The perception that our natural resources are in abundant supply is no longer supported. Preserving these resources will be key for our transition to a low carbon economy. President Von der Leyen has pledged to create a Biodiversity Strategy for 2030. This will seek to prevent any further biodiversity loss in Europe.
In terms of aiding the business transition to a low carbon economy, she proposes to create a new Circular Economy Action Plan which will focus on sustainable resource use, especially in resource-intensive and high impact sectors such as textiles and construction. Not only will such a strategy aim to reduce-use, but it will also open up economic opportunities and reduce operating costs for business. In addition, President Von der Leyen proposes lead on the issue of single-use plastics.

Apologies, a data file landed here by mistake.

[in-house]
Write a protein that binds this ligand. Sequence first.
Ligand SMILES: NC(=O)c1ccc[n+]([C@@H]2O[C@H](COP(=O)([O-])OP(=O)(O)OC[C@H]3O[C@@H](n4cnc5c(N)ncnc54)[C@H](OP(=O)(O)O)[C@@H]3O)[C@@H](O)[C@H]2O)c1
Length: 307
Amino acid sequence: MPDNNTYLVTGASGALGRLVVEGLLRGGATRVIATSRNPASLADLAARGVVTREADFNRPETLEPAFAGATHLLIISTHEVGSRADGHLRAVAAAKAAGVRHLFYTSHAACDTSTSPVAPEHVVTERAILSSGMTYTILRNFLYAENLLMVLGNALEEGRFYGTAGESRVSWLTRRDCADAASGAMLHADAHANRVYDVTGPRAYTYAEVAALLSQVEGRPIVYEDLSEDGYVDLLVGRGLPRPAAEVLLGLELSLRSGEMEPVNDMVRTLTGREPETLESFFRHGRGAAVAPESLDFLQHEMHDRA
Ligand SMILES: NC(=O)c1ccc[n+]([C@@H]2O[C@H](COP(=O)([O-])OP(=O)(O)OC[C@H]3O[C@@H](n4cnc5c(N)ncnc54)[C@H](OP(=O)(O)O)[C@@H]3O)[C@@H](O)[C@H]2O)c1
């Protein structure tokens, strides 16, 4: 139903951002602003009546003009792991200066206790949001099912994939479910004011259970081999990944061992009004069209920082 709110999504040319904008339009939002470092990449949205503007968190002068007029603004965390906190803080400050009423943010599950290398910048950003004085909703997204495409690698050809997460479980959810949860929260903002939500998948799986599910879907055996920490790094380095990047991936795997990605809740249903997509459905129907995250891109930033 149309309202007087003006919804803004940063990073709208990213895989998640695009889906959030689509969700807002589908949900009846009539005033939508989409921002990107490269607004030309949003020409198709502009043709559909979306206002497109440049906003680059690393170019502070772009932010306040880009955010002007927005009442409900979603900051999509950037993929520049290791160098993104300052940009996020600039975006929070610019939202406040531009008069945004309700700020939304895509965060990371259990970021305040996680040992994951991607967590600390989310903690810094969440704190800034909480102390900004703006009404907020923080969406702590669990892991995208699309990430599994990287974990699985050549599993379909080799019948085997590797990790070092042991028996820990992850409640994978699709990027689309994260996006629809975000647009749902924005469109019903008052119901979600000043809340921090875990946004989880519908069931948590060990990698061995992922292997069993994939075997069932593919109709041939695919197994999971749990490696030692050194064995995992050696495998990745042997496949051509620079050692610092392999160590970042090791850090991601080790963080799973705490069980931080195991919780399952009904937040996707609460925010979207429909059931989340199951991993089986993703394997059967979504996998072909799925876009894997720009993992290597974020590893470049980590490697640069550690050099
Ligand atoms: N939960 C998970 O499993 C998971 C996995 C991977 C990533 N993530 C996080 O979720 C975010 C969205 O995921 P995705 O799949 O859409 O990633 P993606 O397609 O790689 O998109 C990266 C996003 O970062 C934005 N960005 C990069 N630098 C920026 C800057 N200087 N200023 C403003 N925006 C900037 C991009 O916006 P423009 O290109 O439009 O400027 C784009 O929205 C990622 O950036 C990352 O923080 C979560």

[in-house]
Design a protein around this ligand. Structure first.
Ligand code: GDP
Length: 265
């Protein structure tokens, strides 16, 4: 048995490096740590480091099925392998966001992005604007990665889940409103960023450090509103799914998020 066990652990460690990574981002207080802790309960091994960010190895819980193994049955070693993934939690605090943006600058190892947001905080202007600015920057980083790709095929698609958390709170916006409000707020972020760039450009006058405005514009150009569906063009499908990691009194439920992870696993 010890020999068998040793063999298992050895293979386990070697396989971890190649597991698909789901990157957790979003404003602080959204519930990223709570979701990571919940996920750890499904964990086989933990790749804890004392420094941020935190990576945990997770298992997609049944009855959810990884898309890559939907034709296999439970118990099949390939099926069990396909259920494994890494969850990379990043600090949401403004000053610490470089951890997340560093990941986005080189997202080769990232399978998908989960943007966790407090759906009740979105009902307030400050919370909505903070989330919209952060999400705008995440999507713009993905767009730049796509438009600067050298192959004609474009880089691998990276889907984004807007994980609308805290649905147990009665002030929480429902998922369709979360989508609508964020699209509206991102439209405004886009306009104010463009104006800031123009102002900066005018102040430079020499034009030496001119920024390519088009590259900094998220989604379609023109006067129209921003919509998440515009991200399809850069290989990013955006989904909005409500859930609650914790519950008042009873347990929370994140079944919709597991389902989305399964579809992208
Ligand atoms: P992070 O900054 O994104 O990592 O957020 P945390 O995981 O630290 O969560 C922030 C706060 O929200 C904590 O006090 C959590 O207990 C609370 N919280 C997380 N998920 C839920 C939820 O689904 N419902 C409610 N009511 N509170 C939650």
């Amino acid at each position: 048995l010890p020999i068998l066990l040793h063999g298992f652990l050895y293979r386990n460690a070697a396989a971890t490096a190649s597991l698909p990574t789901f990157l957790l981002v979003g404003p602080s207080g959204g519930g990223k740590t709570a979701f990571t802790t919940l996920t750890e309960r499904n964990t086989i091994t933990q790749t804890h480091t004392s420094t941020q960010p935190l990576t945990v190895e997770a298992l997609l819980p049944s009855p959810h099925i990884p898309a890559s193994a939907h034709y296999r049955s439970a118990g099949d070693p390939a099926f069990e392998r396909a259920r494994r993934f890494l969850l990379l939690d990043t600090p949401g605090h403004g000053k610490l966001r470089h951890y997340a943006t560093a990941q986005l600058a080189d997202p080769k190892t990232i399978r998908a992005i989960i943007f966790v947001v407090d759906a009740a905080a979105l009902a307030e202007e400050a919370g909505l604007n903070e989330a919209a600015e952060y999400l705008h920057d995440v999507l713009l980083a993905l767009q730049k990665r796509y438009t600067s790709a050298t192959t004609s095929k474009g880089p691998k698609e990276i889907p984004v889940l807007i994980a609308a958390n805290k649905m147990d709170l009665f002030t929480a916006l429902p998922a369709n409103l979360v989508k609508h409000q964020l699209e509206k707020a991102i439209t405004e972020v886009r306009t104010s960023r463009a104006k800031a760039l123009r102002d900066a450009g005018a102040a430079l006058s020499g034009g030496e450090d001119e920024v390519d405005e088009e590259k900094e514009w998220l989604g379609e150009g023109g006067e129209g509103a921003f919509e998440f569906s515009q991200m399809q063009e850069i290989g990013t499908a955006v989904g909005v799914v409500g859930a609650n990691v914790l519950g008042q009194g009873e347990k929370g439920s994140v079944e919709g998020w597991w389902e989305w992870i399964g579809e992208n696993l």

While climate change has many associated risks, preparing and transitioning to a low carbon economy comes with many advantages and benefits for businesses and communities across Europe. All these proposed commitments under this European Green Deal would support the EU to segue towards climate neutrality. Therefore, it is imperative that these commitments do not just become speaking points but translates into concrete action.
Chambers Ireland has made a series of recommendations on what needs to be done nationally but has also been working with Eurochambres to ensure that the new Commission is taking climate change seriously and supports business, particularly SMEs, to transition.
Over the next few months, leadership and action-oriented solutions must prevail. Leaders and policy makers across the EU must step up and work collaboratively to ensure the commitments under the Green deal, bringing us one step closer to climate neutrality.